It?s moving day at the International Space Station, whereshuttle astronauts are delivering a cargo module the size of a small bus packedwith tons of fresh supplies and equipment.
The shuttle Discovery and a crewof seven astronauts arrived at the space station early Wednesday hauling anItalian-built cargo pod filled with 17,000 pounds (7,711 kg) of spare parts andequipment for the station?s crew.
Together, all 13 astronauts on the linked shuttleand space station will use the orbiting laboratory?s Canadian-built roboticarm to pluck the cargo pod ? called Leonardo ? out of Discovery?s payload bayand attach it to the station.
?It is a challenging part. It?s like moving into a newhouse,? said Discovery astronaut Naoko Yamazaki, Japan?s second femaleastronaut and the loadmaster ? or cargo chief ? of the shuttle flight, in aNASA interview. ?
The Leonardo module is about 21 feet long and 15 feet wide, and weighed about 27,274 pounds when it was packed for Discovery's 13-day mission.
Yamazaki will help move the Leonardo module and overseethe nearly 120 hours of transfer work over nine days to move new scienceequipment, fresh supplies and spare parts from the cargo pod to thespace station. Once the pod is empty, the astronauts will fill it withbroken equipment, trash and other gear slated to return to Earth.
?Some items needs to be treated very carefully and someitems need to be transferred in a certain order,? Yamazaki said. ?I believe itwill go well with all my great crew members? help.?
Some of the big ticket items for the station inside thecargo pod are several racks of new science experiments, each of them the sizeof a double-wide refrigerator. The module also contains a new astronaut bedroomfor the station, which will eventually be converted into the equivalent ofspace bathing room for washing up.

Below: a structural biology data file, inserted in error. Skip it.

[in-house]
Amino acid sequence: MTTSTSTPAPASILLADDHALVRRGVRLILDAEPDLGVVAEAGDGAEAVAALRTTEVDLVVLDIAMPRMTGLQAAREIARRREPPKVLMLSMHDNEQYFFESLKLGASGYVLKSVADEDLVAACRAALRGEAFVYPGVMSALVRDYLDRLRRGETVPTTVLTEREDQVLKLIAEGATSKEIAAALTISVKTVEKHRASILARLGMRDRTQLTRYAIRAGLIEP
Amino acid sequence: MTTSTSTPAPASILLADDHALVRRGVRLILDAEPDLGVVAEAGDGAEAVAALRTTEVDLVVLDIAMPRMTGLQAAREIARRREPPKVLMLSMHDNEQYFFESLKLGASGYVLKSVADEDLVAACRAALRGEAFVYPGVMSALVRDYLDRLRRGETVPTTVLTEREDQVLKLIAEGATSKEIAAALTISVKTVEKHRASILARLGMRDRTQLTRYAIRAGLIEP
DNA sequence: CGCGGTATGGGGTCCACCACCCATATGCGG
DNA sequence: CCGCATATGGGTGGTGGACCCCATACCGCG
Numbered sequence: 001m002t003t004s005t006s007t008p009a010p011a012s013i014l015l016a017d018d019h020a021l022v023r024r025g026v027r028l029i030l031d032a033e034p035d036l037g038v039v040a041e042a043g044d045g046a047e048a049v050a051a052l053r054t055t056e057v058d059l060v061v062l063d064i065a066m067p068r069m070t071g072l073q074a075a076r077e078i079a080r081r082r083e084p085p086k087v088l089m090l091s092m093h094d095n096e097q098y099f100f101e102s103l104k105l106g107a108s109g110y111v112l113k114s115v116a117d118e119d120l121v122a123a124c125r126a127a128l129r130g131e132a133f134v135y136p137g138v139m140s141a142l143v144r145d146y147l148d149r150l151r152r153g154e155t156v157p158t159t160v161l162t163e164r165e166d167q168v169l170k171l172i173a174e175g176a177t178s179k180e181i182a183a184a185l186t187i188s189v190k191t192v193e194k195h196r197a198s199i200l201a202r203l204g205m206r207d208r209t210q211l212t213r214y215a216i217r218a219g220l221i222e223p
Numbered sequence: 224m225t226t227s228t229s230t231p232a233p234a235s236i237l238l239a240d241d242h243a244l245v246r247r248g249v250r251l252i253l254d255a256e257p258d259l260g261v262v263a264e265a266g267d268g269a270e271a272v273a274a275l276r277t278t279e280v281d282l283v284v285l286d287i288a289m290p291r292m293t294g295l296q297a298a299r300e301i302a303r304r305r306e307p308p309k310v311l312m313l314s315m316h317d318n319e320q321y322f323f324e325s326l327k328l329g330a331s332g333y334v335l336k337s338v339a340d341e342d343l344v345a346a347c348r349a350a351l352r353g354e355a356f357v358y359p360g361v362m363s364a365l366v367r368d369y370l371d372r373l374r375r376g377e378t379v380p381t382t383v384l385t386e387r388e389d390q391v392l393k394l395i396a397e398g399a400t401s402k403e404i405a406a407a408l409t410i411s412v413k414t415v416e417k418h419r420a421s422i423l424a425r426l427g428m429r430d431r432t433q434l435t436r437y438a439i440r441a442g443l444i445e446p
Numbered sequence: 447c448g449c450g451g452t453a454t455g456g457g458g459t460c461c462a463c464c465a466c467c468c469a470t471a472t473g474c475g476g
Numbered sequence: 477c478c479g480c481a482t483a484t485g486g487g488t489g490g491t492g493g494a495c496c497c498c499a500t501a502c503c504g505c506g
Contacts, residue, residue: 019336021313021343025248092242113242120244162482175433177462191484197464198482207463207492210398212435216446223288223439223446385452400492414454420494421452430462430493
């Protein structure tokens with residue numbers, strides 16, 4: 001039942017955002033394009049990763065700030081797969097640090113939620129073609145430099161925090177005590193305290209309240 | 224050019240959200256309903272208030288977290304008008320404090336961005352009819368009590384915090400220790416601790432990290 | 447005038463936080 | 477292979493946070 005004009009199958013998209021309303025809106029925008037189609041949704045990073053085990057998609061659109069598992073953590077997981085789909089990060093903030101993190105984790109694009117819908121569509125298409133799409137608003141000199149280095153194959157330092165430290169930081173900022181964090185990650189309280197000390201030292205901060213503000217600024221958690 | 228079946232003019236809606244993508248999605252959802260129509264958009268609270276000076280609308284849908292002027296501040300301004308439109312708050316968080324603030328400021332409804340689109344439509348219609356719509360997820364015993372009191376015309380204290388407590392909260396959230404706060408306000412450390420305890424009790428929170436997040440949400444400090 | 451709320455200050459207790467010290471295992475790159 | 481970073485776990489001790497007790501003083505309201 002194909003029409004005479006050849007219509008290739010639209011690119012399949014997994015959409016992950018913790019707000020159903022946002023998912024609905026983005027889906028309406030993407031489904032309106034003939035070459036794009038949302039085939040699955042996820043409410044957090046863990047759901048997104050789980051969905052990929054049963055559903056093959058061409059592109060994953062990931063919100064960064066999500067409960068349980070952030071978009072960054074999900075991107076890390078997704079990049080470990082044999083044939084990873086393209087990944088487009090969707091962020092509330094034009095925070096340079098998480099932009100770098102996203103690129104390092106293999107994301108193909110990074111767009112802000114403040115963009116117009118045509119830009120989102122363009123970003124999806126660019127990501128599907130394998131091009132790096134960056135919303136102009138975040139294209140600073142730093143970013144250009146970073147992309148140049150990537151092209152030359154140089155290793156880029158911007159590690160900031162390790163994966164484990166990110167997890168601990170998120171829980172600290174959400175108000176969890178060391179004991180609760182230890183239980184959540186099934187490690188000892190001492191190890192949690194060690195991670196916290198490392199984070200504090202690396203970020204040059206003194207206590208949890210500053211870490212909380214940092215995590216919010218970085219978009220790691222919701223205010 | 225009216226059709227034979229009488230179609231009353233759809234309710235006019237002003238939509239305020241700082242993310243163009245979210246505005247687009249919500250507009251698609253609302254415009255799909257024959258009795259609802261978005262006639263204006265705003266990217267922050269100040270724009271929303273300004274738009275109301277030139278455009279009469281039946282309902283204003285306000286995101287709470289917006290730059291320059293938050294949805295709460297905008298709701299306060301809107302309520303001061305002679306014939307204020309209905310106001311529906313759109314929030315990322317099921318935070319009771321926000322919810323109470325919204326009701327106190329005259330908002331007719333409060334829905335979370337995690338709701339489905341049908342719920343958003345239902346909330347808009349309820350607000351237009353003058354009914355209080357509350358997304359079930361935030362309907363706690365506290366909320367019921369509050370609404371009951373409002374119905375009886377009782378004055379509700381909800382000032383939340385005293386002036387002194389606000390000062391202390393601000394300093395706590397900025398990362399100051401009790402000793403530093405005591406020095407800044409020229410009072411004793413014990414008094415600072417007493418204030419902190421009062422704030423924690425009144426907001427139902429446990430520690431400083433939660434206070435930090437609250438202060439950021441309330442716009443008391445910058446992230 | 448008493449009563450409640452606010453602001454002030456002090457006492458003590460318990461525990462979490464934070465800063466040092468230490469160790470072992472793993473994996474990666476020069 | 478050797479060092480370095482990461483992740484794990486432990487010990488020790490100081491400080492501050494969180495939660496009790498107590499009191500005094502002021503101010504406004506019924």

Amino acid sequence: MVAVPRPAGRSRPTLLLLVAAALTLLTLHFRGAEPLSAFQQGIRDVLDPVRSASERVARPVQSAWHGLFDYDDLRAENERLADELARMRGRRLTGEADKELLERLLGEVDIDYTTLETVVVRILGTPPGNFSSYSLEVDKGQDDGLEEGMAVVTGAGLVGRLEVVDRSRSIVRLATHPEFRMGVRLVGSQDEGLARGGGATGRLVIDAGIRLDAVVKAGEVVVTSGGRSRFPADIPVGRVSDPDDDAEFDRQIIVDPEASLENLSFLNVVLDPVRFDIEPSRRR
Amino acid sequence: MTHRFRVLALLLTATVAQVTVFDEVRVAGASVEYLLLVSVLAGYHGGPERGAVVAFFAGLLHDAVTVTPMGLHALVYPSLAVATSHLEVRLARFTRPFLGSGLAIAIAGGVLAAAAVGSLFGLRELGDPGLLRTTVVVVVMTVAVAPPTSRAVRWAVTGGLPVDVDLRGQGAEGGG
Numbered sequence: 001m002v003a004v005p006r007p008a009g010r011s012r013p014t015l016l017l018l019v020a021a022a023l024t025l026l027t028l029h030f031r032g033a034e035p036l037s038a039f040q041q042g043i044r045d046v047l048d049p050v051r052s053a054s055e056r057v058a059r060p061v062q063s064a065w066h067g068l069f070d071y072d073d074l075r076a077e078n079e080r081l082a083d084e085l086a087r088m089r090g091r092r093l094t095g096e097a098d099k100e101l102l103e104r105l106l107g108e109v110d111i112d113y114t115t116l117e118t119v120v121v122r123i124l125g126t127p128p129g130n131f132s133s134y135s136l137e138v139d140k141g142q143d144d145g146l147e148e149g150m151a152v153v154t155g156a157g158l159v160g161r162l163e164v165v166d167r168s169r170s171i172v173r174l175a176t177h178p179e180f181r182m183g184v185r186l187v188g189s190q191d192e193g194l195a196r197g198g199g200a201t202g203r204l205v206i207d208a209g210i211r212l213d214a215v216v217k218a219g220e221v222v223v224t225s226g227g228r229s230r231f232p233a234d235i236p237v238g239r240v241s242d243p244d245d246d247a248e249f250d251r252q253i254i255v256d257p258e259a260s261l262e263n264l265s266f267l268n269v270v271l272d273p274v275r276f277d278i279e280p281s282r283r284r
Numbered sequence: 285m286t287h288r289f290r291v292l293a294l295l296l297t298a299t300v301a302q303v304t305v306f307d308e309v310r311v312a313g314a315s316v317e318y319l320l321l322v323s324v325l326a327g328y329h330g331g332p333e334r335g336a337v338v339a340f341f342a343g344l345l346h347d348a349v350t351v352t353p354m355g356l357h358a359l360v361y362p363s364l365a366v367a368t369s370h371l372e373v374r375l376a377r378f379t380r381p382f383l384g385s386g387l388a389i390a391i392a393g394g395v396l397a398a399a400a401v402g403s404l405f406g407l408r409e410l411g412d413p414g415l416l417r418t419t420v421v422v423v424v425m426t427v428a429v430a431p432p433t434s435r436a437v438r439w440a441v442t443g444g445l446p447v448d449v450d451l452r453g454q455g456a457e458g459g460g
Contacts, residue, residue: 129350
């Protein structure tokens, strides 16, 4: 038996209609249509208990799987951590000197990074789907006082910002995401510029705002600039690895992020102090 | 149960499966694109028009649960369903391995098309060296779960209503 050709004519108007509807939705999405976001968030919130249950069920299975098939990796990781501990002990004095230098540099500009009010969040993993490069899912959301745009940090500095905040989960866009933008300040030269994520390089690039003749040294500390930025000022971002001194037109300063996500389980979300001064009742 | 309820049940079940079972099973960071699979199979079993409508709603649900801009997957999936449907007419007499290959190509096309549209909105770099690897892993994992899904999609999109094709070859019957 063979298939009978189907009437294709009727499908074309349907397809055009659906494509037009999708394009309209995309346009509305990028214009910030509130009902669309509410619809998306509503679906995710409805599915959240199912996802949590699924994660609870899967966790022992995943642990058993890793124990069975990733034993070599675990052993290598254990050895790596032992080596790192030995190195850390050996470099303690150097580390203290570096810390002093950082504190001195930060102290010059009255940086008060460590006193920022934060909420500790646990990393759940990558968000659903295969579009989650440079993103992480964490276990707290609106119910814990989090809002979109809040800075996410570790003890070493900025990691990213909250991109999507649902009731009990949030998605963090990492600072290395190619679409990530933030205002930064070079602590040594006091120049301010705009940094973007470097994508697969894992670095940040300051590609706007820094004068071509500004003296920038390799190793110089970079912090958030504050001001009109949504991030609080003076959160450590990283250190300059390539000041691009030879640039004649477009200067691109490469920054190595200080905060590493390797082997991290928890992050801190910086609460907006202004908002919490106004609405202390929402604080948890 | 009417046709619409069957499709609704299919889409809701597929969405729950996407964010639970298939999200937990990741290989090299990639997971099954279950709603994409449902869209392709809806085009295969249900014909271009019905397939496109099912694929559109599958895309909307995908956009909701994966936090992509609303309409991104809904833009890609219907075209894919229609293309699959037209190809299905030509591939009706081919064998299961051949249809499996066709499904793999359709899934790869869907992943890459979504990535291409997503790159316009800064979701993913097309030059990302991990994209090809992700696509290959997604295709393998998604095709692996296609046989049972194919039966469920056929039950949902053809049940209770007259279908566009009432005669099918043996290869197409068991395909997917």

The astronauts are also delivering a novel devicedesigned to create waterfor the station?s crew using waste hydrogen and carbon dioxide gases. The processcreates methane as well, which will be vented overboard, NASA engineers havesaid.
This is NASA?s last flight of a cargo pod like Leonardo (severalwere built). It is also the Leonardo module?s last round trip to space. Whennext flies to the space station later this year, it will be left attachedpermanently to serve as a walk in closet.
Discovery is also hauling huge spare ammonia coolant tankto be installed on the station?s exterior during the mission?s three plannedspacewalks. The first spacewalk is slated to begin on Friday.
Shuttle heat shield analysis
While astronauts work in space, engineers on Earth arebusy analyzing data and images of their Tuesday inspection of Discovery?s heatshield. A mainantenna failure on Discovery forced the shuttle crew to wait until arrivingat the station to beam the data to Earth.
Mission managers will sift through the data to determineof Discovery?s heat shield has suffered any damage severe enough to warrantextra inspections or repairs. So far, NASA has found no cause for concern withthe shuttle?s heat shield.
The inspections are a standard part of every NASA shuttlemission since the tragic loss of shuttle Columbia and seven astronauts in 2003.Heat shield damage caused by debris during liftoff caused the disaster, so NASAhas developed inspection and repair techniques to keep close watch on shuttlehealth.
The current shuttle mission is one of NASA's four final shuttle missions before the agency retires its orbiter fleet in the fall.
Space station flight director Ed Van Cise said that highdata traffic on the space station?s own communications network slowed thetransfer of Discovery?s heat shield inspection data to Earth.
?As we?re all used to at home, sometimes some networksare slower than others,? Van Cise said.
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SPACE.com is providing complete coverage ofDiscovery's STS-131 mission to the International Space Station with ManagingEditor Tariq Malik and Staff Writer Clara Moskowitz based in New York. Click here for shuttlemission updates and a link to NASA TV.